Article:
Physicians and CG-CAHPS: Know Your Patient Experience Touch Points
November 09, 2015
Physicians are being held accountable for patient experience in stronger and more meaningful ways. To start, the CAHPS surveys are now targeting physicians in practice settings. Currently, CMS has mandated that only physicians participating in the Medicare Shared Savings Program (MSSP) and the Physician Quality Reporting System (PQRS) must use unique versions of the CG-CAHPS survey to measure the patient experience. Soon, most, if not all, physicians will be required to measure patient experience using a CAHPS survey.
Everyone in the Practice is Responsible for Patient Experience
While it is important to engage physicians in creating a stronger patient experience, we must remember that it is still the entire physician’s office (Access, Tone, Explanation, Follow-up) that creates the overall patient-centered experience. For patients, it is the combination of processes, experiences with staff, and interaction with the physician that create a complete impression of the visit. In the practice environment, staff at each touch point play key roles in casting the patient experience. For example, a “great physician experience” in the eyes of the patient is often not due to the physician alone. What may appear on the surface to be a physician concern could very well be an access issue preceding the visit.
Understand the answer to these questions:
- Was the patient able to make a timely appointment?
- Were staff nice on the phone?
- Was the office clean?
Know Your Patient Experience Touch Points
The patient experience is shaped across the entire continuum of care and includes everything the patient sees, hears, feels, and touches while moving across it. There are five sets of touch points in the physician practice to consider when working to create an exceptional patient experience [See chart below]. Physician offices need to plan how they interact with patients at each of the touch points and how they wish patients to perceive the experience. For instance, the patient’s perception starts prior to the patient visit. This is the time when appointments are made and information begins to flow back and forth, including the sharing of patient health information.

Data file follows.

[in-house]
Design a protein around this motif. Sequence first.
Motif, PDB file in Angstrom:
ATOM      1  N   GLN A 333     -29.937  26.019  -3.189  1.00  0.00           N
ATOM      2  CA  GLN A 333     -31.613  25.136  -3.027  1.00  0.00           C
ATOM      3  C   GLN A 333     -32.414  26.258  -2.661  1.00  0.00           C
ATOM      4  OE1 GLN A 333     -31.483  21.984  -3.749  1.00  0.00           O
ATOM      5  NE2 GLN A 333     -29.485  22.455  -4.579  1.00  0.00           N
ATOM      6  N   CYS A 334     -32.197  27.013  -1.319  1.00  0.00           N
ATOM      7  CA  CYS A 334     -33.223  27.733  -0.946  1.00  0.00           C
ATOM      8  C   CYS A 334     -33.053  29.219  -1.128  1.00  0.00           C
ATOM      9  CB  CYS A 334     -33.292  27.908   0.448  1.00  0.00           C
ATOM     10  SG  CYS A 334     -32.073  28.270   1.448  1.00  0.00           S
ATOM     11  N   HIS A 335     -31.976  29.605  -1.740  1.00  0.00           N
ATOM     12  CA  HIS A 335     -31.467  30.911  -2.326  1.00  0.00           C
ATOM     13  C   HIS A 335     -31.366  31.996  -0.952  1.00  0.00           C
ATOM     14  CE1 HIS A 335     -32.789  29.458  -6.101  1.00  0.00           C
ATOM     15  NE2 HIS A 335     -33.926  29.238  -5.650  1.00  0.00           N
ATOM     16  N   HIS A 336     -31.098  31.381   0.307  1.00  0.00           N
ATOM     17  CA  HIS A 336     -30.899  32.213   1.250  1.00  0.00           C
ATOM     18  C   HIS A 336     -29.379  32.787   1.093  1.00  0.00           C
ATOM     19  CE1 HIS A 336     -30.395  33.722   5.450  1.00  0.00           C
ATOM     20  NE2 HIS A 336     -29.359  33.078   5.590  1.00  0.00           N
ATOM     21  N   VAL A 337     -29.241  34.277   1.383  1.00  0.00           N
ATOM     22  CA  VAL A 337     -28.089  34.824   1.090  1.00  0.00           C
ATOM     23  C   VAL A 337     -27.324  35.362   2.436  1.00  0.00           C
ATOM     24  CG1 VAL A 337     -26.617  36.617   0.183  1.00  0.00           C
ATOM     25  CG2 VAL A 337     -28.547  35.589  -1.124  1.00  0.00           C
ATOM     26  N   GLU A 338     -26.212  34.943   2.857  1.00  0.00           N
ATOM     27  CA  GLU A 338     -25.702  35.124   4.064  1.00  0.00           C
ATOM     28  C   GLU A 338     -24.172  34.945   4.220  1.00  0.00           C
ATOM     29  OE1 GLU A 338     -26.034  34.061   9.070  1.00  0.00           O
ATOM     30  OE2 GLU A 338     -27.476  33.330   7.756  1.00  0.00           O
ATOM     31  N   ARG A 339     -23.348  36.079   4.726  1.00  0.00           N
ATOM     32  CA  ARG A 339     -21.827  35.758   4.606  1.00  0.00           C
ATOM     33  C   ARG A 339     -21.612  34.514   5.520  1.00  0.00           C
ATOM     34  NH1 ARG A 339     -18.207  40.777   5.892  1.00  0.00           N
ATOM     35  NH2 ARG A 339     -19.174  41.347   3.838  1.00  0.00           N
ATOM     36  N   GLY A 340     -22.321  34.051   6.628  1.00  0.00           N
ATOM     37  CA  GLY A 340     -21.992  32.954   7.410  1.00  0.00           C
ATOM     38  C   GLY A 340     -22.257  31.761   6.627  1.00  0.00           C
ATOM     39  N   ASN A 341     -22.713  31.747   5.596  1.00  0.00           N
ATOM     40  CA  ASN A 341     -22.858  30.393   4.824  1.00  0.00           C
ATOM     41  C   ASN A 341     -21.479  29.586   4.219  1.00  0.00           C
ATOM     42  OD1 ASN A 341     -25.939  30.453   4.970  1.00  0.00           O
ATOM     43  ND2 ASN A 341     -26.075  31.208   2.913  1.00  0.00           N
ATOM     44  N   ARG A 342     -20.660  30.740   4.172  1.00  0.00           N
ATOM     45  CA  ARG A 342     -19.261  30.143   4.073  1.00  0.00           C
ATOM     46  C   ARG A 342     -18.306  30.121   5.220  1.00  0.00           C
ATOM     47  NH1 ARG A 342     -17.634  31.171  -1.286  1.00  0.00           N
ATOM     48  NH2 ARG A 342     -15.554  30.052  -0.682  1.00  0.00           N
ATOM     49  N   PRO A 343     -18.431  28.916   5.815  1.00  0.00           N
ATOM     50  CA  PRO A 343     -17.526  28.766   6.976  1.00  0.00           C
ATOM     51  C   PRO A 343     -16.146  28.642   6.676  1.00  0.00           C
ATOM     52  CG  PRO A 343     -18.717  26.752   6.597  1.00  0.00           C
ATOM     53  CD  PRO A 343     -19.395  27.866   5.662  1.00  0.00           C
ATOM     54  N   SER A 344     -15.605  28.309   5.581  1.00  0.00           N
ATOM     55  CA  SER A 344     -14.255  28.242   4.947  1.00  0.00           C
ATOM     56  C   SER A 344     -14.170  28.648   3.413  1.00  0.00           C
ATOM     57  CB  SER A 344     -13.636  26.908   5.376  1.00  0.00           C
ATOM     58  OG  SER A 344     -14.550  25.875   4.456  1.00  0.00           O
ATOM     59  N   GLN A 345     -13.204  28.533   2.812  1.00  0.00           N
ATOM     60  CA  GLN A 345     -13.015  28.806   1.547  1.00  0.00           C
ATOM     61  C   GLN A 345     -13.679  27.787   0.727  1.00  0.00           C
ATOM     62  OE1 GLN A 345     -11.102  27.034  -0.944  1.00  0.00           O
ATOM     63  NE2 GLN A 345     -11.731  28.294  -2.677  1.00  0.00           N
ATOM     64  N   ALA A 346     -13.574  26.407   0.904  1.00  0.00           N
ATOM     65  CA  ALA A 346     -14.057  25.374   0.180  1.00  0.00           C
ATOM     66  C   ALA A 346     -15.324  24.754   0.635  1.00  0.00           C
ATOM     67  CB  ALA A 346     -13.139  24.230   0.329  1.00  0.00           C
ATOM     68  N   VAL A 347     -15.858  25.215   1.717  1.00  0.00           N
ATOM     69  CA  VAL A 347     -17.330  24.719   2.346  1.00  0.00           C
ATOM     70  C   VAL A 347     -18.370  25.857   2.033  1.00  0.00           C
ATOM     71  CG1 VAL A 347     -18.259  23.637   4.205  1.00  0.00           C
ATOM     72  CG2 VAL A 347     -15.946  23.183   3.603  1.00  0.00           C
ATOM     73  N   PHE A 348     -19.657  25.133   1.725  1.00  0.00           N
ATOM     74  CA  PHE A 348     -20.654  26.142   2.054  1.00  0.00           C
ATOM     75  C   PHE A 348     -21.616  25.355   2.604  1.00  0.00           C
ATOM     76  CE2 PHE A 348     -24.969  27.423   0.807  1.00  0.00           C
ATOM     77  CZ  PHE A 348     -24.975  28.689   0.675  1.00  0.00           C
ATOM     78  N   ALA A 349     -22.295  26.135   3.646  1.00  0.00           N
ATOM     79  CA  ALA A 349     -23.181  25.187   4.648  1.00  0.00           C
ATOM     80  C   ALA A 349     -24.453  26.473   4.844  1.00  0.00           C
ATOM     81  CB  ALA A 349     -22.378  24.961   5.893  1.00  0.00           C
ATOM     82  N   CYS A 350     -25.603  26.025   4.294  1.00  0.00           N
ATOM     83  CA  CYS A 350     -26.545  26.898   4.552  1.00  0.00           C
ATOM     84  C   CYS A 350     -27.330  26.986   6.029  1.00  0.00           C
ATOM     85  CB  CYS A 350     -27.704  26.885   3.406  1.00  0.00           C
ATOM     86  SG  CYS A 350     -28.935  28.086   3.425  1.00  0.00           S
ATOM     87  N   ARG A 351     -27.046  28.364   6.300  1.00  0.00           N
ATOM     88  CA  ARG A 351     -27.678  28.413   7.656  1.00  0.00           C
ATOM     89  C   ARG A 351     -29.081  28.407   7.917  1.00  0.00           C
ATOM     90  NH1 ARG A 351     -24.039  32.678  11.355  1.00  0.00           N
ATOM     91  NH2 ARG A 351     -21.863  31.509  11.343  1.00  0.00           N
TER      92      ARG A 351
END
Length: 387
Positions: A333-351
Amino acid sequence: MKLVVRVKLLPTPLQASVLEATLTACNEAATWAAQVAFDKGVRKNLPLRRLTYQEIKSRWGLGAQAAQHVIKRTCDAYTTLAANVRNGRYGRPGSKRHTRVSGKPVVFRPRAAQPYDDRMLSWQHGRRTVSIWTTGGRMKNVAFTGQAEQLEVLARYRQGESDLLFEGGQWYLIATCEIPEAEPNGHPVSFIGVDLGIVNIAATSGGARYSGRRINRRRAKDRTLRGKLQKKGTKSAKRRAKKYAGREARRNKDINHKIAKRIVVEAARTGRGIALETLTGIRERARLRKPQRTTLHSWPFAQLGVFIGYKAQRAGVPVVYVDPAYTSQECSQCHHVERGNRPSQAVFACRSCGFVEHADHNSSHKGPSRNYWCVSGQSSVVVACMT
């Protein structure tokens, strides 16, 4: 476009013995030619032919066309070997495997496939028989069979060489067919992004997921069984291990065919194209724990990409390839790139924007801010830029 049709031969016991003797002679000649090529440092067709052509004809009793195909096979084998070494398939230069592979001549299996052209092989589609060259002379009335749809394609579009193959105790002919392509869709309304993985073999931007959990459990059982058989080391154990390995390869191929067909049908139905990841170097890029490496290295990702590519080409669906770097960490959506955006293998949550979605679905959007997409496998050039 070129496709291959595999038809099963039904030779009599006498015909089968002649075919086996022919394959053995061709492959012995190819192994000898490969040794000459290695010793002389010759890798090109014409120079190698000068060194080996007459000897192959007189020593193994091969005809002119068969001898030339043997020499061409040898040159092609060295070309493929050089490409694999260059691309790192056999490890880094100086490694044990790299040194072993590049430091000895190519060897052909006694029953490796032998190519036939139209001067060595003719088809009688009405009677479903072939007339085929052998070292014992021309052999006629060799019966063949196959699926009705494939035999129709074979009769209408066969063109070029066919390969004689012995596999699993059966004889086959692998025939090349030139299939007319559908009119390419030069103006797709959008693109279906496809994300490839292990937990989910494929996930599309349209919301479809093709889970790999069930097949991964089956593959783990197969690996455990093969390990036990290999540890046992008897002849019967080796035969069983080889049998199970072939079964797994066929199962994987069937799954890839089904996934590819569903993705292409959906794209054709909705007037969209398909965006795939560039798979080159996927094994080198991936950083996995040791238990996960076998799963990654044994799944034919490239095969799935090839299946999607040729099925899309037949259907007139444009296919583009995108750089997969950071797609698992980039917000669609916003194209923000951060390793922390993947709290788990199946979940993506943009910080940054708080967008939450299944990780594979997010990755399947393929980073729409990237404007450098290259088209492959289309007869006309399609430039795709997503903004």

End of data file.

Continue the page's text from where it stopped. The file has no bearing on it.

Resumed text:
During the visit, the patient will experience the reception room, communicate with staff, and expect courtesy and a timely appointment. In the examination room, there will be encounters with staff and information will be exchanged again. The final two touch point areas include interacting with the physician and/or other providers, along with follow-up care. It’s important to remember that while it may seem to physicians and staff that each touch point is separate, the patient sees one fluid experience. A positive or negative experience at any single touch point can impact the perception of the entire visit and may be the key to moving from “Usually” to “Always” on patient experience surveys.
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